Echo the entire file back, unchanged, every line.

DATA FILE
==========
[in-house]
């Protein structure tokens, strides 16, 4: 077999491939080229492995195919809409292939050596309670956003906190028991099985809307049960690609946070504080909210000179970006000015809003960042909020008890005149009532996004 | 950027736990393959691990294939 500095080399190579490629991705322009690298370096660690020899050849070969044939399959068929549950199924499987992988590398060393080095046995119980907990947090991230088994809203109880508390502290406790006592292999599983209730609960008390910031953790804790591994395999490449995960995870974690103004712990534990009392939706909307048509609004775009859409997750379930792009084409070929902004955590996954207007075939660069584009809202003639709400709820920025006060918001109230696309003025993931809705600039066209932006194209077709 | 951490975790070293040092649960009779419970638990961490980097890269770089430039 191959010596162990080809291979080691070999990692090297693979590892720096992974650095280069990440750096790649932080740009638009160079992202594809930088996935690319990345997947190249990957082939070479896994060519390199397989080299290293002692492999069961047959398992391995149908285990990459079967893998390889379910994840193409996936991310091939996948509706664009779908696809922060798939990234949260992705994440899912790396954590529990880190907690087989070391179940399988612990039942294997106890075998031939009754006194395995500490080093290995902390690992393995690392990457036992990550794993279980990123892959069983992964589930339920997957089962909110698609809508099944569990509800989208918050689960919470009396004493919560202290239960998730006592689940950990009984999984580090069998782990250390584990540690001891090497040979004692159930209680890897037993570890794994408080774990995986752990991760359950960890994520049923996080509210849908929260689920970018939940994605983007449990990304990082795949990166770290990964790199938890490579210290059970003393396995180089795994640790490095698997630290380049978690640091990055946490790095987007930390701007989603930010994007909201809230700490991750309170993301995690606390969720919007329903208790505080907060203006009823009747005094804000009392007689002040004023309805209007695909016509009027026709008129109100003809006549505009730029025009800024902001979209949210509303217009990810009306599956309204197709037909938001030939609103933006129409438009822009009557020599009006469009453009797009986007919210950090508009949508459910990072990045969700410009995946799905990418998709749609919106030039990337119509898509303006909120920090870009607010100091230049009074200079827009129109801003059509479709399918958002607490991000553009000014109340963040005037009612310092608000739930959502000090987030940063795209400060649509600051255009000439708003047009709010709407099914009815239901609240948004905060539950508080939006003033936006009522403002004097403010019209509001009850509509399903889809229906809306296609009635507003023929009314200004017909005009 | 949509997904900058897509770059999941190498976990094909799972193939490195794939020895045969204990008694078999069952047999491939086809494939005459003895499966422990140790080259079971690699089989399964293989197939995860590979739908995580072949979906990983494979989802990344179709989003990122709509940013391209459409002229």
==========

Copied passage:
[in-house]
């Protein structure tokens, strides 16, 4: 077999491939080229492995195919809409292939050596309670956003906190028991099985809307049960690609946070504080909210000179970006000015809003960042909020008890005149009532996004 | 950027736990393959691990294939 500095080399190579490629991705322009690298370096660690020899050849070969044939399959068929549950199924499987992988590398060393080095046995119980907990947090991230088994809203109880508390502290406790006592292999599983209730609960008390910031953790804790591994395999490449995960995870974690103004712990534990009392939706909307048509609004775009859409997750379930792009084409070929902004955590996954207007075939660069584009809202003639709400709820920025006060918001109230696309003025993931809705600039066209932006194209077709 | 951490975790070293040092649960009779419970638990961490980097890269770089430039 191959010596162990080809291979080691070999990692090297693979590892720096992974650095280069990440750096790649932080740009638009160079992202594809930088996935690319990345997947190249990957082939070479896994060519390199397989080299290293002692492999069961047959398992391995149908285990990459079967893998390889379910994840193409996936991310091939996948509706664009779908696809922060798939990234949260992705994440899912790396954590529990880190907690087989070391179940399988612990039942294997106890075998031939009754006194395995500490080093290995902390690992393995690392990457036992990550794993279980990123892959069983992964589930339920997957089962909110698609809508099944569990509800989208918050689960919470009396004493919560202290239960998730006592689940950990009984999984580090069998782990250390584990540690001891090497040979004692159930209680890897037993570890794994408080774990995986752990991760359950960890994520049923996080509210849908929260689920970018939940994605983007449990990304990082795949990166770290990964790199938890490579210290059970003393396995180089795994640790490095698997630290380049978690640091990055946490790095987007930390701007989603930010994007909201809230700490991750309170993301995690606390969720919007329903208790505080907060203006009823009747005094804000009392007689002040004023309805209007695909016509009027026709008129109100003809006549505009730029025009800024902001979209949210509303217009990810009306599956309204197709037909938001030939609103933006129409438009822009009557020599009006469009453009797009986007919210950090508009949508459910990072990045969700410009995946799905990418998709749609919106030039990337119509898509303006909120920090870009607010100091230049009074200079827009129109801003059509479709399918958002607490991000553009000014109340963040005037009612310092608000739930959502000090987030940063795209400060649509600051255009000439708003047009709010709407099914009815239901609240948004905060539950508080939006003033936006009522403002004097403010019209509001009850509509399903889809229906809306296609009635507003023929009314200004017909005009 | 949509997904900058897509770059999941190498976990094909799972193939490195794939020895045969204990008694078999069952047999491939086809494939005459003895499966422990140790080259079971690699089989399964293989197939995860590979739908995580072949979906990983494979989802990344179709989003990122709509940013391209459409002229």